Planning for healthier homes, healthier communities
Published by Fiona Mannion for TCPA in Health and also in Communities, Environment, Housing, Local Government
Leading housing and planning charity, the Town and Country Planning Association (TCPA), has today launched a new handbook, ‘Reuniting health with planning: healthier homes, healthier communities’.
The handbook is the first of its kind since the Government set out a radical reform agenda across the planning and health sectors, including a requirement on planners to work with public health organisations, and a new public health responsibility for local authorities. It explains the relevance of these reforms for health and planning, and gives planners and public health practitioners ideas for how they can work together.
Where we live has an important influence on our health and wellbeing. For example, high quality green spaces that are easy to access improve mental health and levels of physical activity. But often people living in the most deprived parts of England have less access to green space. They also experience the worst air quality and are more likely to have cardio-respiratory diseases.
Better joint working between planners and public health practitioners is an important part of identifying these sorts of local health needs and finding ways to tackle them.
Kate Henderson, TCPA Chief Executive said:
“The planning system evolved as a result of the public health movement. Improved planning and better housing provision have long been identified as essential for enhancing the health of individuals and the communities in which they live; thereby reducing health inequalities and costs to the taxpayer. It is essential that local authorities, who are now at the forefront of delivering on public health outcomes, grasp this agenda and approach planning and health in an integrated way.”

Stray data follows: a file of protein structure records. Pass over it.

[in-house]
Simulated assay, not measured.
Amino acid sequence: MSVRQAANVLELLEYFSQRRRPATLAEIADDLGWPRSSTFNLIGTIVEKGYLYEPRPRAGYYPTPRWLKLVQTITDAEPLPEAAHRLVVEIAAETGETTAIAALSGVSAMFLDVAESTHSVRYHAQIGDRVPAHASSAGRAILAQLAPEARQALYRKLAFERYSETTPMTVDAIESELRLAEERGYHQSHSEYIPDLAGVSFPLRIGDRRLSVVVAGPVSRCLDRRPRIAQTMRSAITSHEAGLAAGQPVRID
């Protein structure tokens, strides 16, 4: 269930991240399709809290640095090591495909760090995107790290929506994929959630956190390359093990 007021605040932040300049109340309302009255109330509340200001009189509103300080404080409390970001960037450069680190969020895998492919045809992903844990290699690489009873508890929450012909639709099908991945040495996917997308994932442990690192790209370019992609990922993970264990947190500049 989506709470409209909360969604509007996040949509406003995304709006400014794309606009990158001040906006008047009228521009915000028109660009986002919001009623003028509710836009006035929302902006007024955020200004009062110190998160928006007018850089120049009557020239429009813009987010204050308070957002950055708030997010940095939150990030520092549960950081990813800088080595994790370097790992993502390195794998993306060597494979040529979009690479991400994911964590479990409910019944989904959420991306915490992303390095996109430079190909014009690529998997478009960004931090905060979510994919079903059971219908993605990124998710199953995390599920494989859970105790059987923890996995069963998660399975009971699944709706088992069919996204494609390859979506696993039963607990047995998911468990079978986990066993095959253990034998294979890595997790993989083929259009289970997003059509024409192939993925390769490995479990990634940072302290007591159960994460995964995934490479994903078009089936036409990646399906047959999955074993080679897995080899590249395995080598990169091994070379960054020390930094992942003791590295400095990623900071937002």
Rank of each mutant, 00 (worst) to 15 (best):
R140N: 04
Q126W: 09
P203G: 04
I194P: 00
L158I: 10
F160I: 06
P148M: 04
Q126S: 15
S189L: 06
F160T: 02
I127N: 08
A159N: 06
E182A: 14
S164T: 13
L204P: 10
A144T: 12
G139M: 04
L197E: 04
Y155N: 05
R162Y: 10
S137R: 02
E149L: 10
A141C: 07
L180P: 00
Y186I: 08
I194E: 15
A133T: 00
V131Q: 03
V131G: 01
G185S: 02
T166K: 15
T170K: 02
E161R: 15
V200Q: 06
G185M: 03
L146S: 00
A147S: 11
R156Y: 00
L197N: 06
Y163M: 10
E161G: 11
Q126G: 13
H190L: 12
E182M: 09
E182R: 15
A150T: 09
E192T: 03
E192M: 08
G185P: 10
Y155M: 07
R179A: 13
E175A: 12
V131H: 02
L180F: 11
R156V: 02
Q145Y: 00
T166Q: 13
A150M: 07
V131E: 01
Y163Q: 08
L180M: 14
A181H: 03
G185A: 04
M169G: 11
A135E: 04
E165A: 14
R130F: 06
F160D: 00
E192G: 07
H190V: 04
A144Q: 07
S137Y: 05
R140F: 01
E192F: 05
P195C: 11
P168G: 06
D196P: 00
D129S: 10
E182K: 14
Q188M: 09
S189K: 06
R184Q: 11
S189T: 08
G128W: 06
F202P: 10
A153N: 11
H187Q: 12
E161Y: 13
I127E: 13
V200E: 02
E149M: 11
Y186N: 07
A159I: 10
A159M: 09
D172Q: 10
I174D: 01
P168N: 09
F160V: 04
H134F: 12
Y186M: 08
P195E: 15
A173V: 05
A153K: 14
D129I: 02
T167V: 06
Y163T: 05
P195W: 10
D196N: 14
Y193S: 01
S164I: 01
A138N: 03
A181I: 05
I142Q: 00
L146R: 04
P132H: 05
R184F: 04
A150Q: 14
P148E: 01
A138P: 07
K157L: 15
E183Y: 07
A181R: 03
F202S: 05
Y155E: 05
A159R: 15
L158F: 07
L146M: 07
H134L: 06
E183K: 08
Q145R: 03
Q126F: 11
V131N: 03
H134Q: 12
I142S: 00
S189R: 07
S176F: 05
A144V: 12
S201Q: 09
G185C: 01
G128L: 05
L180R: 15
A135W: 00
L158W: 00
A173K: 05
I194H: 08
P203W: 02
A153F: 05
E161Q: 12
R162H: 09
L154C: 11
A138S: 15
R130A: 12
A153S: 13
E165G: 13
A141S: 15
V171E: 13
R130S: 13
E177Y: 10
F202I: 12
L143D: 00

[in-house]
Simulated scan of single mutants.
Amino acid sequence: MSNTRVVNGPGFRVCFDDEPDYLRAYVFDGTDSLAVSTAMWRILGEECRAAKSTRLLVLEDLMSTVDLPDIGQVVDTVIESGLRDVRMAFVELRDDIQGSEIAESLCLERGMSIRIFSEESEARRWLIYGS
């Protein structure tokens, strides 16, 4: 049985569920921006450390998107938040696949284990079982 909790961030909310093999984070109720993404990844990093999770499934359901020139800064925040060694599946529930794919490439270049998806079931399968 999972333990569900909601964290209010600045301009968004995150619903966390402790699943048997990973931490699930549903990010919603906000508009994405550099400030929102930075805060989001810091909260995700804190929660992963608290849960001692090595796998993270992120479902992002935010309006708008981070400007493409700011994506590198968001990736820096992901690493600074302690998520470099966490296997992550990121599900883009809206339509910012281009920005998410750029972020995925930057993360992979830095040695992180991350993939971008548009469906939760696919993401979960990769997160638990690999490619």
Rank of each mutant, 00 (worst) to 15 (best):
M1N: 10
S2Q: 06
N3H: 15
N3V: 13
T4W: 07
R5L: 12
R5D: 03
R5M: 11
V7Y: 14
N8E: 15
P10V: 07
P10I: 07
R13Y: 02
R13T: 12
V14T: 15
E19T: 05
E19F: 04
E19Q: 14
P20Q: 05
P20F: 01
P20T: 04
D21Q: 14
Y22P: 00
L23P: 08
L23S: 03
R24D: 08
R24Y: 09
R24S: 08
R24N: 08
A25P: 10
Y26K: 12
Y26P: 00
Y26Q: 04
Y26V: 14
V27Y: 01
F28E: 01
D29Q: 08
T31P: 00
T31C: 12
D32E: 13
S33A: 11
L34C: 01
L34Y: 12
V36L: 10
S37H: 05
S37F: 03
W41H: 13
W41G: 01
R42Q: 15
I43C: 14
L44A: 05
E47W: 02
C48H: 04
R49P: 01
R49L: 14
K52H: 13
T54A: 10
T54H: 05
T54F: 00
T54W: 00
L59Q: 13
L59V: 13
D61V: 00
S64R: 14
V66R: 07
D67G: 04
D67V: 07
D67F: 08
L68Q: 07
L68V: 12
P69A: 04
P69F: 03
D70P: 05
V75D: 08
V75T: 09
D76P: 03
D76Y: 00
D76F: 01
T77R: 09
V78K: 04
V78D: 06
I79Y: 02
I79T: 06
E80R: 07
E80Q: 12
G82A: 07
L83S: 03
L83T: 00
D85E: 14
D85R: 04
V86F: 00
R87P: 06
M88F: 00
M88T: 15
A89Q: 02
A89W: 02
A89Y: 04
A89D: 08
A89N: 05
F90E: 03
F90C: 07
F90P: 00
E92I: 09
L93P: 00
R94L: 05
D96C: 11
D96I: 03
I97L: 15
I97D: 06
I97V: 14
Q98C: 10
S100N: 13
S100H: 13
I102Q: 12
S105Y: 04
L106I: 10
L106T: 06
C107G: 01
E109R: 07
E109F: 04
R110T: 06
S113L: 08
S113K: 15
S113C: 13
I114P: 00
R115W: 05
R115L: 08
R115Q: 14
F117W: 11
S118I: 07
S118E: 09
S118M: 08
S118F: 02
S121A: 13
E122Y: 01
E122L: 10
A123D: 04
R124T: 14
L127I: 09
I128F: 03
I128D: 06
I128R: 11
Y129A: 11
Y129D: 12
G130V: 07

The handbook aims to keep the importance of integrated working, specifically between planning and health, on the agenda. Using case studies from around England, it explores how places are using this time of upheaval to push forward their intention to integrate their work across both sectors.
Prof Peter Roberts, Chair of the Planning Exchange Foundation, one of the supporters of the handbook, said:
“Improved planning and better housing provision are essential factors in enhancing the health of individuals and communities. This project explores these important relationships and offers direct and practical advice on how to maximise the benefits which result.”
Andrew Ross, lead author of the report, said:
“We hear a lot about the ‘postcode lottery of care’ in the NHS, but where you live will also have a big influence on how easy it is for you to enjoy good health – do you have decent parks close by, is the air quality good, is healthy food affordable and convenient to get to, do you feel safe walking to and from home? By working more closely together, planners and public health practitioners can take an evidence-based approach to improving local environments.”
Jon Rogers, Deputy leader of Bristol City Council, supporters of the handbook, said:
“The Government’s reform agenda has set out a new responsibility for local authorities to achieve better public health outcomes. While there is no ‘one size fits all’ solution, this handbook will be crucial for councils in helping them implement this change and embed an integrated approach to health and planning.”
Paul Southon, Public Health Development Manager, Sandwell Primary Care Trust, also supporting the handbook, said:
“If we are going to improve health and reduce inequalities in the long term it is essential that we tackle the social determinants of health, such as the planning.”
“This handbook provides a real opportunity to make the most of the move of public health into local authorities.”
The launch of the handbook will be followed by a series of regional seminars to be jointly delivered in each case study locality. Speakers at the launch will include representatives from the Department of Health, Department for Communities and Local Government, various local authorities and sector organisations.
The TCPA and Andrew Ross are very grateful for the support of the handbook funders: Planning Exchange Foundation, NHS Bristol, First Ark Group, The Hyde Group, Luton Borough Council, Sandwell PCT and the Central Lincolnshire Joint Planning Unit.